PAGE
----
The Edmonton Journal
October 19, 2007
A leading water environmentalist is urging Alberta to privatize publicly run water utilities, ending a "cozy relationship" between the government and municipal utility operators.
Elizabeth Brubaker, executive-director of Toronto’s Environment Probe policy group, says privatization will improve accountability and is the best way to boost water quality while reducing costs.
The Journal exposed the lack of accountability after it asked the government in early 2006 to let it see assessments on 534 water-treatment plants across the province, Brubaker said on Thursday.
Among reasons for withholding the information, Alberta Environment argued releasing the details would be "harmful to intergovernmental relations." The matter was to go to an inquiry before the province’s information and privacy commissioner this summer but in May the government finally handed over the assessments.
They revealed that in the northern region, 51 per cent of treatment plants assessed in 2003 and 2004 received grades of four or five, with five being the lowest possible score. In the central region, 43 per cent received poor marks while in the south 70 per cent scored poorly.
Brubaker, in Edmonton as a speaker at the Epcor lecture series, said the case demonstrates an inherent conflict in having a public regulator such as Alberta Environment oversee publicly run treatment plants.
"The provincial government has this cozy relationship with its municipal water providers, this is an old boy network. Nobody wants to embarrass anybody else."
Part of the problem is the government puts up much of the money for improvements to water treatment. When a government is paying the tab it is less likely to be eager to insist on higher standards.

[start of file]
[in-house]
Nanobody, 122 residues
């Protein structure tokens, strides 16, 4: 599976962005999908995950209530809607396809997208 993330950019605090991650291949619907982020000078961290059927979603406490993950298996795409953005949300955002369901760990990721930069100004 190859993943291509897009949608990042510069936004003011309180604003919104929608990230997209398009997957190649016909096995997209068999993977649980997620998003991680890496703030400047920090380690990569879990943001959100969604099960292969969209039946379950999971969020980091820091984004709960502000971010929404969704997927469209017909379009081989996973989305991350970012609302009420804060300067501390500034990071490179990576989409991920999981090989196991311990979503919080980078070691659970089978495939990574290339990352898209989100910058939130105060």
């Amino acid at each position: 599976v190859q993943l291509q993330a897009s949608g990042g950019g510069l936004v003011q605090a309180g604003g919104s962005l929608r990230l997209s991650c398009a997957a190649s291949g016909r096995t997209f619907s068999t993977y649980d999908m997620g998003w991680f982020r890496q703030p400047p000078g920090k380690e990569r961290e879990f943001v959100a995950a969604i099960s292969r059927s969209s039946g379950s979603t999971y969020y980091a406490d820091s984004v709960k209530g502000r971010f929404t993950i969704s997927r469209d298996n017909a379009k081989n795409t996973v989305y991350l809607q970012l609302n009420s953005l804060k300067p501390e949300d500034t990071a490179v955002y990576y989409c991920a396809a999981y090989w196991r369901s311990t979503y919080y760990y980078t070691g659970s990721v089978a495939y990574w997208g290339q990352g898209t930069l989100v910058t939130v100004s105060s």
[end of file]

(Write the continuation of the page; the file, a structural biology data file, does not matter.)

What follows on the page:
In the case of the Alberta plants that scored poorly, the government increased spending to improve them. It also issued assurances that despite the low scores, the water was safe to drink.
Even so, it’s wiser to hand the operation of treatment plants to private operators. The government can use enforceable contracts to ensure that operators meet standards, Brubaker said. "An enforceable contract makes a big difference.
"The government can include penalties for not meeting these requirements. It can even include termination of the contract for not meeting the requirements."
She said municipally run systems are "never going to threaten to terminate their own operations."
Private operators often turn out to be considerably cheaper because they must bid competitively and research ways to become more efficient, she said. It’s no coincidence that high-profile cases of contaminated water systems – such as at Walkerton and on the Kashechewan reserve in Ontario – involved public operators. The communities both brought in private contractors.
As for Epcor, a corporation wholly owned by the City of Edmonton, Brubaker said it shares some features of a municipal entity and some of a private contractor. Its role as a contractor is clearest when it bids on projects in jurisdictions outside the city.